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The integrated interpretation of aeromagnetic data is a key exploration tool to define the concealed, potentially prospective geology that we plan to explore. It helps define the district-scale morphology of structural networks and predict which structures may be associated with the formation of mineral deposits. Aeromagnetic data is particularly useful in guiding geologic mapping, exploration targeting, and strategy because the data available is usually broad, geologic processes and features are normally well imaged in the data, and it is relatively cheap to acquire and process.

A foundation to the interpretation of the geophysical data is that the interpreter should be a geoscientist familiar with the geology of the area in question, maximizing the integration of geologic knowledge of the area into the interpretation product. The interpreter must think geologically when building the interpretation, drawing on the parallels between aeromagnetic interpretation and geologic mapping/air photo interpretation. Geologic mapping observations have direct parallels in aeromagnetic interpretation (e.g., lithology, structure, alteration).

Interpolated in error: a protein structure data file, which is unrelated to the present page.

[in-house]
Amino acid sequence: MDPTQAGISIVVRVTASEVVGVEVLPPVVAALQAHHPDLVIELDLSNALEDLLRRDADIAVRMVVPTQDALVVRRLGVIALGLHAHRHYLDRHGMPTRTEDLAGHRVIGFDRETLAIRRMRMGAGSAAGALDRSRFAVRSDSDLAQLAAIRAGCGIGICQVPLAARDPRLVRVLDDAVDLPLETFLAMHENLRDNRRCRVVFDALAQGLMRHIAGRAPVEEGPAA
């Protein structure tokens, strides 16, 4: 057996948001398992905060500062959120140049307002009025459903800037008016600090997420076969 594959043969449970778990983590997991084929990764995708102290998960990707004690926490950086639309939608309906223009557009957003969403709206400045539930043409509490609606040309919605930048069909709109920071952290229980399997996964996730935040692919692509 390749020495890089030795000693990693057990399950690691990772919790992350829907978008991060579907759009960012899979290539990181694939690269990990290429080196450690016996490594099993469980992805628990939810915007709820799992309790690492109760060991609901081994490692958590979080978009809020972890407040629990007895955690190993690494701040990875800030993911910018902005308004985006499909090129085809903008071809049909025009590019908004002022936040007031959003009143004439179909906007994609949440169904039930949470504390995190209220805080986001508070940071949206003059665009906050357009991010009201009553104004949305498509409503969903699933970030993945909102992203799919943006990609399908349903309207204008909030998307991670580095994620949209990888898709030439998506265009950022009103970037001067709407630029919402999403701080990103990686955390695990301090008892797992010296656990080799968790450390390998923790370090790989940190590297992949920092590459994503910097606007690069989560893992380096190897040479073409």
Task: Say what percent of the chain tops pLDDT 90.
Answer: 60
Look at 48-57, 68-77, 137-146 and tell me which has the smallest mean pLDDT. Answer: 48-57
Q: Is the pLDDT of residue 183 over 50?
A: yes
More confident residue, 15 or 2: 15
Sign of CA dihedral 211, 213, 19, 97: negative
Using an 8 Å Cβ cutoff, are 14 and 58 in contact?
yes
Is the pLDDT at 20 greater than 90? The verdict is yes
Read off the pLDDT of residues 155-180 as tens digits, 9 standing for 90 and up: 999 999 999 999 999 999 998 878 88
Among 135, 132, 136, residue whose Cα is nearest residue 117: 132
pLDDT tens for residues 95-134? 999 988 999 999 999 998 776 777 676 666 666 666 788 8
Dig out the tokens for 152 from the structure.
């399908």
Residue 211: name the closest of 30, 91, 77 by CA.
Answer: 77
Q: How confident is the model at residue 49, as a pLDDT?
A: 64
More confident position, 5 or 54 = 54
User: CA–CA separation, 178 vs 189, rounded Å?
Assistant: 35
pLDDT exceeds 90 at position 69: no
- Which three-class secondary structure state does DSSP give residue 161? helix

The interpretation process is outlined using the Lake Lefroy region, Western Australia, including form line construction, identification of magnetic rock units, domain definition, data set integration, definition of structural elements, lithological definition, interpretation of the structural framework, and evaluation of the interpretation.

Case studies are then provided at a range of scales from the Pine Creek inlier in northern Australia, the Superior province in eastern Canada, and the Zambian Copperbelt Northwest province to illustrate the connection between the interpretations and exploration targeting.

The final integrated interpretation is a supplement to outcrop maps, not a competitor. The purpose is to generate a structural and lithological framework that combines the geophysical data of different types with the mapped geology, which can be interrogated by mineralization models over a much wider area than can be achieved if structural elements and lithology are restricted to areas of outcrop.

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